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Gorogoa - Jason Roberts Interview

Gorogoa is a puzzle game that's all about the hand-drawn artwork, and we talked to developer Jason Roberts about it at Gamelab.

Audio transcription

"It's closing day for Gamelab 2018 and we are here catching up with Jason and talking about art and Gorogoa and how to make both things work together. Thank you for joining us.
Yeah, it's great to be here."

"So your speech, your talk was called The Elegance of Awkward Design.
How can awkward design work?
Well, when I was trying to make the game, everything felt like a struggle because of design decisions I made early on, how I was going to do the artwork, the way the player interacts with the game, that it just seemed like a struggle and it seemed like the kind of projects that other developers described seemed cleaner and more modular and more efficient."

"So it felt like an awkward process making the game.
But I realized, and so I had to sort of look in the mirror and try to understand if I was on the wrong path or not, but what I realized is that the reason making the game felt awkward is not because I was doing things wrong, it's because I was exploring a corner of the game design landscape where the terrain is very strange and uneven."

"So just moving through that space is going to be awkward.
It's going to feel awkward, but that's also the same reason why the game feels different, is because I'm going into this area that it's hard to, you know, each puzzle is a new challenge and it's very difficult to produce something, but that makes the game more interesting."

"That makes everything that happens in the game feel more magical because it seems improbable.
Because you can tell how, hopefully you can tell that it was difficult to execute.
Yeah, of course. How did you come up with the panels mechanic?
And I don't know if there is any clear inspiration on comics, if you're a comic lover or you just needed something to go through and then..."

"I mean, I don't remember where it came from.
I know I was thinking about... I was making comics.
I tried to make a comic at one point, just like a graphic novel.
I didn't get far. I got about 11 pages in."

"But I realized that, you know, I was laying out the panels on a page and as I got farther and farther, I became more and more involved and with these elaborate page layouts.
And eventually, I was like, I'm more interested in this, laying out these panels than I am in the sequential story."

"And because I had always wanted to make a video game, I thought, well, you know, there's definitely the technology to make this arrangement of panels interactive.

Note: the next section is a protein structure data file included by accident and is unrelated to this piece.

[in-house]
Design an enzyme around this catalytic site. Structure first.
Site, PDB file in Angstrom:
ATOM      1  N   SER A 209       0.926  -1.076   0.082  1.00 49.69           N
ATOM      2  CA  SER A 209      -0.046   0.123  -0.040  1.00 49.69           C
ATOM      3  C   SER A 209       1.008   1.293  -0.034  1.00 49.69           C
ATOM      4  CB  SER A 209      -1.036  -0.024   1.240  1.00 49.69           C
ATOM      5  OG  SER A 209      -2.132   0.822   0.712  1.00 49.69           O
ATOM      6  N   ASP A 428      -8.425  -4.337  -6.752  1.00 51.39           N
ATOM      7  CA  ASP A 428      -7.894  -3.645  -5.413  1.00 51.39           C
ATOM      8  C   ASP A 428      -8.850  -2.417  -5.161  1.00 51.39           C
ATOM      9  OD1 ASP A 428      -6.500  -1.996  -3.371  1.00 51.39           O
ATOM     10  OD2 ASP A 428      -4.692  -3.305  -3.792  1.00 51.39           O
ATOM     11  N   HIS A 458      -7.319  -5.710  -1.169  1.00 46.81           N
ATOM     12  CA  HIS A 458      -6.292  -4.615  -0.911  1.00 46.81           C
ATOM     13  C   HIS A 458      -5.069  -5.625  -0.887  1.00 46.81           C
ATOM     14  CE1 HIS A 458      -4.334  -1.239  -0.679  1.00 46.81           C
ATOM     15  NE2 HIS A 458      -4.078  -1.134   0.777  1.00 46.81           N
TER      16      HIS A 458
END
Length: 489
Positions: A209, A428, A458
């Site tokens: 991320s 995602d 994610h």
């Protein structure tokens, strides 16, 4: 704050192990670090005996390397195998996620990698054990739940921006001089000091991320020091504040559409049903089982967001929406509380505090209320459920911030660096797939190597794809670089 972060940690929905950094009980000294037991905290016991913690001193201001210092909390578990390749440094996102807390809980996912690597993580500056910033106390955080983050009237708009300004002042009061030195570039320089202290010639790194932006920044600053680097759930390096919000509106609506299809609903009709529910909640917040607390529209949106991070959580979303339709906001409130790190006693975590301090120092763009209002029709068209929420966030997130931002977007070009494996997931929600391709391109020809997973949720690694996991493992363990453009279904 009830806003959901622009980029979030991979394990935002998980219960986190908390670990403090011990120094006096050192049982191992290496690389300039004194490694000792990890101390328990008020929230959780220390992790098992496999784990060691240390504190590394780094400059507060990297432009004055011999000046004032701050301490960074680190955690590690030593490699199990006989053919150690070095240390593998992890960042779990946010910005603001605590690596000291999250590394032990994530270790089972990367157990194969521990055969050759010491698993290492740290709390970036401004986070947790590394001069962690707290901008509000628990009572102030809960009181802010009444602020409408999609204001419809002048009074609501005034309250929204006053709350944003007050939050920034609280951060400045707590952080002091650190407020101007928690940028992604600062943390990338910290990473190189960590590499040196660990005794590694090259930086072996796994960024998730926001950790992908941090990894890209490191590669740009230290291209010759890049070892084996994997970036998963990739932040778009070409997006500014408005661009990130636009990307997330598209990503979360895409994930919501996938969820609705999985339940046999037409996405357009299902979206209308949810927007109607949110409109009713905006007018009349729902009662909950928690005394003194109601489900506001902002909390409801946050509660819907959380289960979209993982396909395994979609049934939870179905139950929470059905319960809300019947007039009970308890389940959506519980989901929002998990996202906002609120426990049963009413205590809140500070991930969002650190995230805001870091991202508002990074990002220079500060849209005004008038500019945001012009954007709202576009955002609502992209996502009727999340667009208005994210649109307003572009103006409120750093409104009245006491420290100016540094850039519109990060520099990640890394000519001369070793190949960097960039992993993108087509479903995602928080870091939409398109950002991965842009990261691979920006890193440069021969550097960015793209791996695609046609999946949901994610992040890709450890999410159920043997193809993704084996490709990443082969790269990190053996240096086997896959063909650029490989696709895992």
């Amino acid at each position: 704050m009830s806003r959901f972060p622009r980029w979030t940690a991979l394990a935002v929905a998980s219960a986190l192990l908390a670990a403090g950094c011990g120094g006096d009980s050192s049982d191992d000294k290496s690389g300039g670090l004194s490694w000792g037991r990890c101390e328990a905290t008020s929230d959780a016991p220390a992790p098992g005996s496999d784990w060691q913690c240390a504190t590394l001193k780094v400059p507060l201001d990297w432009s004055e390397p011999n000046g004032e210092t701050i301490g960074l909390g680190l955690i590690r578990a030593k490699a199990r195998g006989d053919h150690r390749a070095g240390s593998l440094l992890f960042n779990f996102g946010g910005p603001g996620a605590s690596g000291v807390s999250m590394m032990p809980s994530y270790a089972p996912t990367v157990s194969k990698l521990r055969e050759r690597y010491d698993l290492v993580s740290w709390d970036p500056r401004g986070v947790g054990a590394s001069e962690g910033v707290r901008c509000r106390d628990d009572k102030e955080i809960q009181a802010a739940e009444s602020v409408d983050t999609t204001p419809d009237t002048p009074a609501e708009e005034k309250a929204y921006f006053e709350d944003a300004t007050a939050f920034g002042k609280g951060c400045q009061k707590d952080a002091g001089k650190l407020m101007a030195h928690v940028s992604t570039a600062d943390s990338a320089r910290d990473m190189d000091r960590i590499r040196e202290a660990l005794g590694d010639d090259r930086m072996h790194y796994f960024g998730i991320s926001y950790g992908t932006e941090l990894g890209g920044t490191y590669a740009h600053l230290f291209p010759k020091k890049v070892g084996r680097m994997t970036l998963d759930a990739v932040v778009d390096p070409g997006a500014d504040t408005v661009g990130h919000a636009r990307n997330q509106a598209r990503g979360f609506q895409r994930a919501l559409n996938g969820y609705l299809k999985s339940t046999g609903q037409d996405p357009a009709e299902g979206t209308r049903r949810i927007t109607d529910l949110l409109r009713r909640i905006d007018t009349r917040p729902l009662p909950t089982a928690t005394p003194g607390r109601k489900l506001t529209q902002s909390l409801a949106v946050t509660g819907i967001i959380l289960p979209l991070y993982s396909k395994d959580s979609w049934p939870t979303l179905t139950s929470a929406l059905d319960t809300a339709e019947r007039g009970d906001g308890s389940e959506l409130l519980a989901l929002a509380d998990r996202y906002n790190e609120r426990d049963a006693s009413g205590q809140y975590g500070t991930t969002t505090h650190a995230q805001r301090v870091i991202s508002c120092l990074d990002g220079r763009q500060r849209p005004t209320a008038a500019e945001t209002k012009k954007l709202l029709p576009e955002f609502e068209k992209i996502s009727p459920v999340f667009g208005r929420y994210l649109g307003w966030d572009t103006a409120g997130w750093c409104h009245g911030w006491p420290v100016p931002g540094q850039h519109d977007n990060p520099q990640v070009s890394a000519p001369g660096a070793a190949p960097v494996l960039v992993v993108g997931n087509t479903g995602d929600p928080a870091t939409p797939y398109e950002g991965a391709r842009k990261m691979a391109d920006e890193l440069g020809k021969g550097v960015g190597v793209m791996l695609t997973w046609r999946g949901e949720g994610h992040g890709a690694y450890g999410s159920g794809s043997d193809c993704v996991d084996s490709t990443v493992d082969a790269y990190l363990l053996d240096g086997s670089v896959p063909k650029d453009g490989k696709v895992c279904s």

And I still, I wasn't sure how they would interact.
I thought, I mean, I came with the idea of like moving them around because they look kind of like cards."

"You pick them up and shuffle them all over the place.
I thought maybe I could like take an object from one and drag it into another scene and change it that way.
And I think, and I sort of went through this digression where I was imagining a card game where you, each card is an interactive world and then you go inside the card and then change what's on the card and that changes what the card does."

"But that was too complicated.
And I think I was like imagining something like dominoes where you can play things side by side, tiles and, you know, the domino edge, like the number has to be the same.
And I thought like, what is the picture version of dominoes?
The, you have to play, you have to play things next to each other if they match along one edge."

"So the visual version of matching along one edge is that the pictures fit together.
So they form a continuous image.
So that's, I think that was the thought process.
But it happened so long ago that I'm not sure."

"Interesting.
So what can you tell us about the use of color?
Is there any symbolism that you try to make with that use?
Well, yeah."

"I mean, each, in each chapter has its own color symbolism that, you know, the first chapter has a red fruit and that chapter is sort of about sacrifice as a broad theme.
The second has a green fruit and that's about like rescue or rejuvenation in a way where the sort of like or sanctuary where you in a world that is feels dark, you know, it's sort of like a green, something green growing in that space."

"But as an internal process, the third chapter is yellow.
That's all about like the flame of inquiry and research.
And then the blue chapter is about ritual and it kind of carries and for me and like mechanical, the process of expressing faith and it uses blue motifs."

"And the last chapter is a sort of is more about construction and creation or devotion or faith as an act of creation.